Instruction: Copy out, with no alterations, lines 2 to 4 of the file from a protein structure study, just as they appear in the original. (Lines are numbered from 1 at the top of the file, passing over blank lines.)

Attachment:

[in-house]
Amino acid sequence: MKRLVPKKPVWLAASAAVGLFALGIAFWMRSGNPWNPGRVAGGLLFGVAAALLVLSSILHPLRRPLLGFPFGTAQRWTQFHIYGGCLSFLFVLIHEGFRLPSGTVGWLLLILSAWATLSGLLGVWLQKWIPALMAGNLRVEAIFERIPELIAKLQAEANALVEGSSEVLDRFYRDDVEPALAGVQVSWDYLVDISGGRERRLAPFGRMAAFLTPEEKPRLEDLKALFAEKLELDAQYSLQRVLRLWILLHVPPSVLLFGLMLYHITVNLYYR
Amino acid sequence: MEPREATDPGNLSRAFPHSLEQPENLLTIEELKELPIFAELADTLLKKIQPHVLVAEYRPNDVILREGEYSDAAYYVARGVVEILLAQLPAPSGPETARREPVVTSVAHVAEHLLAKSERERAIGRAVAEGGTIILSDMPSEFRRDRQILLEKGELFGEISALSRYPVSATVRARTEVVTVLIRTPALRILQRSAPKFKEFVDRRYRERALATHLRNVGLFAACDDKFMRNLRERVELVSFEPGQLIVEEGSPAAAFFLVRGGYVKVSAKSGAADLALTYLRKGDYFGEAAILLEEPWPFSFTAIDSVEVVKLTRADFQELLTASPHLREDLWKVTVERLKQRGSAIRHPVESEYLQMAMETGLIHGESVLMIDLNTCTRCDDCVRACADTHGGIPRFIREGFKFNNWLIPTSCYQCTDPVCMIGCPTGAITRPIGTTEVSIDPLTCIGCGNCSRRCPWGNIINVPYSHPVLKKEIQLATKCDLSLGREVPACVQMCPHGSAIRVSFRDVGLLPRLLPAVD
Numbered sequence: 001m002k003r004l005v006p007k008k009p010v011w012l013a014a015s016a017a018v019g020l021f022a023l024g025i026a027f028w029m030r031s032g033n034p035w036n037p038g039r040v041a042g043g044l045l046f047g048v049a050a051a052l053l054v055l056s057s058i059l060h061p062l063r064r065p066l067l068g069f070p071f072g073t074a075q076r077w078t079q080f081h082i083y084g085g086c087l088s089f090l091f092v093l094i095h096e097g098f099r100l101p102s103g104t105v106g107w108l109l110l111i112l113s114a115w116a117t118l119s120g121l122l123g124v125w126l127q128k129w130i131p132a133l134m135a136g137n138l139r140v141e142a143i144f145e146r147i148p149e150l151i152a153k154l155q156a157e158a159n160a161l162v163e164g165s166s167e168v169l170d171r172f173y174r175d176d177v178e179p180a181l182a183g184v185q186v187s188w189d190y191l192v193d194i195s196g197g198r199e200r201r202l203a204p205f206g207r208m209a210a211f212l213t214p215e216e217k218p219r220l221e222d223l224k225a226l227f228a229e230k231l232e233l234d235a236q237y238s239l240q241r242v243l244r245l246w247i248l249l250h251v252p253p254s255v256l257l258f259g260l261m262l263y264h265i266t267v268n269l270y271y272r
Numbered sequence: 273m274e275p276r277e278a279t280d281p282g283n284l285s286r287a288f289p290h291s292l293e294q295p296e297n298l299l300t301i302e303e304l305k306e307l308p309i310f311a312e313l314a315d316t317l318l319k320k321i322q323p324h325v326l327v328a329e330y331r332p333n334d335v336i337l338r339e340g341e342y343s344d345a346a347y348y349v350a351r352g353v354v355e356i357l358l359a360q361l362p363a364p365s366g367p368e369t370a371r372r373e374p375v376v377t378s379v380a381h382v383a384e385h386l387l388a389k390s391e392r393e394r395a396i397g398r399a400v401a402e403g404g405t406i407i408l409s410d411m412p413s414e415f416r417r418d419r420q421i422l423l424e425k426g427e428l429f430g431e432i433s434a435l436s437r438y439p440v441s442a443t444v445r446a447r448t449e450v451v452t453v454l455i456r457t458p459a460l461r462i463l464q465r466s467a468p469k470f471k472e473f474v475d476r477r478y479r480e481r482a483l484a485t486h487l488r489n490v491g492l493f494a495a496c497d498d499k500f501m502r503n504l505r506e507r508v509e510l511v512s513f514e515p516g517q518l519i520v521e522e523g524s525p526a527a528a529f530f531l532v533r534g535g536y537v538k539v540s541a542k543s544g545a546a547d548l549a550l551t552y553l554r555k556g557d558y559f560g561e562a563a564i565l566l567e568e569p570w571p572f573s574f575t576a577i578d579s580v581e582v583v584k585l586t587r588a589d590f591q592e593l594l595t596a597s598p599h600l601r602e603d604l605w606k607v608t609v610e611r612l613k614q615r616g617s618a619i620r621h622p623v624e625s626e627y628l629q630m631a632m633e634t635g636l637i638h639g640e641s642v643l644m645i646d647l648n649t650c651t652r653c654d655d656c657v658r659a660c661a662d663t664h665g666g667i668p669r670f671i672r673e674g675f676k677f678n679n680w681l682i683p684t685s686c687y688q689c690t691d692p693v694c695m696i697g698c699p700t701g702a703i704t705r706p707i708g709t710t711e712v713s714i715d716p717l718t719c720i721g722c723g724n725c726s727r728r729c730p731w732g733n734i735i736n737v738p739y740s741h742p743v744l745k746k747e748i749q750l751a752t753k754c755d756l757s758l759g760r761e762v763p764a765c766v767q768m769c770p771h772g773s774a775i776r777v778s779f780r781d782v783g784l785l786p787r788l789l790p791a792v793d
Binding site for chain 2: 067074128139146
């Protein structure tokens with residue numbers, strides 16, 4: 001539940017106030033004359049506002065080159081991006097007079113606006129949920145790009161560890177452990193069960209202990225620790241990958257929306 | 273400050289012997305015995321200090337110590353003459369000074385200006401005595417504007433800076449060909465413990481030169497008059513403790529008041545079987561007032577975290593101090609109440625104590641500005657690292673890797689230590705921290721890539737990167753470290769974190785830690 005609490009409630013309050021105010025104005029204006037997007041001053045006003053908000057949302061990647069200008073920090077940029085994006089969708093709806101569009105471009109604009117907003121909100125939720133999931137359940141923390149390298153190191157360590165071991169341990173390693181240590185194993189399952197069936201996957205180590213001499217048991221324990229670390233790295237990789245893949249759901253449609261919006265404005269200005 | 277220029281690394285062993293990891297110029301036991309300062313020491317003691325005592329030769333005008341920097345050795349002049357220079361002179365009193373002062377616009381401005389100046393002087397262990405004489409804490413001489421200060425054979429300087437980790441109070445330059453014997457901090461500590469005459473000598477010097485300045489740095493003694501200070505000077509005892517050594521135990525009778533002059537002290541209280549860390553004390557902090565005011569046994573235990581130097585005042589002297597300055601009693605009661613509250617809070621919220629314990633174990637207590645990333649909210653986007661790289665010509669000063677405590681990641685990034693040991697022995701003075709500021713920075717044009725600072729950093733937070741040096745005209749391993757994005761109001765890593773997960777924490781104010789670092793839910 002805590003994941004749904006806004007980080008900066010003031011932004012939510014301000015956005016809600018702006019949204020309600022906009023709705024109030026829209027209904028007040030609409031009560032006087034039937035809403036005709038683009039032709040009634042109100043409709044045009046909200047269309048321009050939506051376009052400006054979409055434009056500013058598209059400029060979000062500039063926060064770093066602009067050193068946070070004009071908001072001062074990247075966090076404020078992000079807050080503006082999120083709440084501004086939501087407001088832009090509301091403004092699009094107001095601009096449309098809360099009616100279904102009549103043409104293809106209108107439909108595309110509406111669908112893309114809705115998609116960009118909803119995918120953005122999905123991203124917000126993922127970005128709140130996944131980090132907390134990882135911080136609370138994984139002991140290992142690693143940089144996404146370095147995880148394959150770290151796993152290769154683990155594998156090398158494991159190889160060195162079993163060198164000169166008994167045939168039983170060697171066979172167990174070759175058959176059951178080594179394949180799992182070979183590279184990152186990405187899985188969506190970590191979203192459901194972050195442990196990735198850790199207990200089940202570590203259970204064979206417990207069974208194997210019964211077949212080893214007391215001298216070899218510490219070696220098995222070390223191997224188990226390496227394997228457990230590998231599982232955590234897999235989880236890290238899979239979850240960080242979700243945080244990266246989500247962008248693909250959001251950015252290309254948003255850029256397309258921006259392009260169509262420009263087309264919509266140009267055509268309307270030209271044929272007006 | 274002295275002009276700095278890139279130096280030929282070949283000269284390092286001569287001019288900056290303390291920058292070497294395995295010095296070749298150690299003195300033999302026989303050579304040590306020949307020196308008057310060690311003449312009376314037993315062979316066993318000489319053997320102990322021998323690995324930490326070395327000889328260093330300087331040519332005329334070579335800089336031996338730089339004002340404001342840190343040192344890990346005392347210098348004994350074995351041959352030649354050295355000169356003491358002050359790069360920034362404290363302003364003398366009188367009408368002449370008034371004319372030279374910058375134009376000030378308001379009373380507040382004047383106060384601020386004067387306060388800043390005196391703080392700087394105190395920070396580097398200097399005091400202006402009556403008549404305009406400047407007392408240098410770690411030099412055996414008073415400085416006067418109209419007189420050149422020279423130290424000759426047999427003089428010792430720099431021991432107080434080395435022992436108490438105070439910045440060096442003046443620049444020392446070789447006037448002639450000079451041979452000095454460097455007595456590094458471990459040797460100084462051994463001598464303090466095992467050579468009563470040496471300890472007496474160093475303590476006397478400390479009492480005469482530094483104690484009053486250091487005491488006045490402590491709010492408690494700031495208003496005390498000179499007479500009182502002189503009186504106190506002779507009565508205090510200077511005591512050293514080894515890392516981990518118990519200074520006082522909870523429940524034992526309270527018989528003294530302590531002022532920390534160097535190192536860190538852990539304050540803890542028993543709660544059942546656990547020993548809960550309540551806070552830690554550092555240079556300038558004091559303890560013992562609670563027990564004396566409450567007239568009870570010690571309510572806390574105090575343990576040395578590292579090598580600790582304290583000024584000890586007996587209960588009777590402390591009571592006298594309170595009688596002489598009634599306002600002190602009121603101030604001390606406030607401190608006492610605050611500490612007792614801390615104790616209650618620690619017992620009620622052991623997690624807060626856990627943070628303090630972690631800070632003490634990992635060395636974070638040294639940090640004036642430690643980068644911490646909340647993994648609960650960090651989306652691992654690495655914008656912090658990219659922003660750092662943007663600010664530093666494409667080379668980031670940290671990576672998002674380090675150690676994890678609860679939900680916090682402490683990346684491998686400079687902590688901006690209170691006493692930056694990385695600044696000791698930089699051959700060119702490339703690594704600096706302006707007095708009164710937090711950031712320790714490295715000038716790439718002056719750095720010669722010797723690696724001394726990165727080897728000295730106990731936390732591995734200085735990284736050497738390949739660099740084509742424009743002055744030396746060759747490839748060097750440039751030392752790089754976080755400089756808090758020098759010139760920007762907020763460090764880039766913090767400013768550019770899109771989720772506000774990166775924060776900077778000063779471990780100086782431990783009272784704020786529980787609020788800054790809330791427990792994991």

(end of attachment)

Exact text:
Amino acid sequence: MKRLVPKKPVWLAASAAVGLFALGIAFWMRSGNPWNPGRVAGGLLFGVAAALLVLSSILHPLRRPLLGFPFGTAQRWTQFHIYGGCLSFLFVLIHEGFRLPSGTVGWLLLILSAWATLSGLLGVWLQKWIPALMAGNLRVEAIFERIPELIAKLQAEANALVEGSSEVLDRFYRDDVEPALAGVQVSWDYLVDISGGRERRLAPFGRMAAFLTPEEKPRLEDLKALFAEKLELDAQYSLQRVLRLWILLHVPPSVLLFGLMLYHITVNLYYR
Amino acid sequence: MEPREATDPGNLSRAFPHSLEQPENLLTIEELKELPIFAELADTLLKKIQPHVLVAEYRPNDVILREGEYSDAAYYVARGVVEILLAQLPAPSGPETARREPVVTSVAHVAEHLLAKSERERAIGRAVAEGGTIILSDMPSEFRRDRQILLEKGELFGEISALSRYPVSATVRARTEVVTVLIRTPALRILQRSAPKFKEFVDRRYRERALATHLRNVGLFAACDDKFMRNLRERVELVSFEPGQLIVEEGSPAAAFFLVRGGYVKVSAKSGAADLALTYLRKGDYFGEAAILLEEPWPFSFTAIDSVEVVKLTRADFQELLTASPHLREDLWKVTVERLKQRGSAIRHPVESEYLQMAMETGLIHGESVLMIDLNTCTRCDDCVRACADTHGGIPRFIREGFKFNNWLIPTSCYQCTDPVCMIGCPTGAITRPIGTTEVSIDPLTCIGCGNCSRRCPWGNIINVPYSHPVLKKEIQLATKCDLSLGREVPACVQMCPHGSAIRVSFRDVGLLPRLLPAVD
Numbered sequence: 001m002k003r004l005v006p007k008k009p010v011w012l013a014a015s016a017a018v019g020l021f022a023l024g025i026a027f028w029m030r031s032g033n034p035w036n037p038g039r040v041a042g043g044l045l046f047g048v049a050a051a052l053l054v055l056s057s058i059l060h061p062l063r064r065p066l067l068g069f070p071f072g073t074a075q076r077w078t079q080f081h082i083y084g085g086c087l088s089f090l091f092v093l094i095h096e097g098f099r100l101p102s103g104t105v106g107w108l109l110l111i112l113s114a115w116a117t118l119s120g121l122l123g124v125w126l127q128k129w130i131p132a133l134m135a136g137n138l139r140v141e142a143i144f145e146r147i148p149e150l151i152a153k154l155q156a157e158a159n160a161l162v163e164g165s166s167e168v169l170d171r172f173y174r175d176d177v178e179p180a181l182a183g184v185q186v187s188w189d190y191l192v193d194i195s196g197g198r199e200r201r202l203a204p205f206g207r208m209a210a211f212l213t214p215e216e217k218p219r220l221e222d223l224k225a226l227f228a229e230k231l232e233l234d235a236q237y238s239l240q241r242v243l244r245l246w247i248l249l250h251v252p253p254s255v256l257l258f259g260l261m262l263y264h265i266t267v268n269l270y271y272r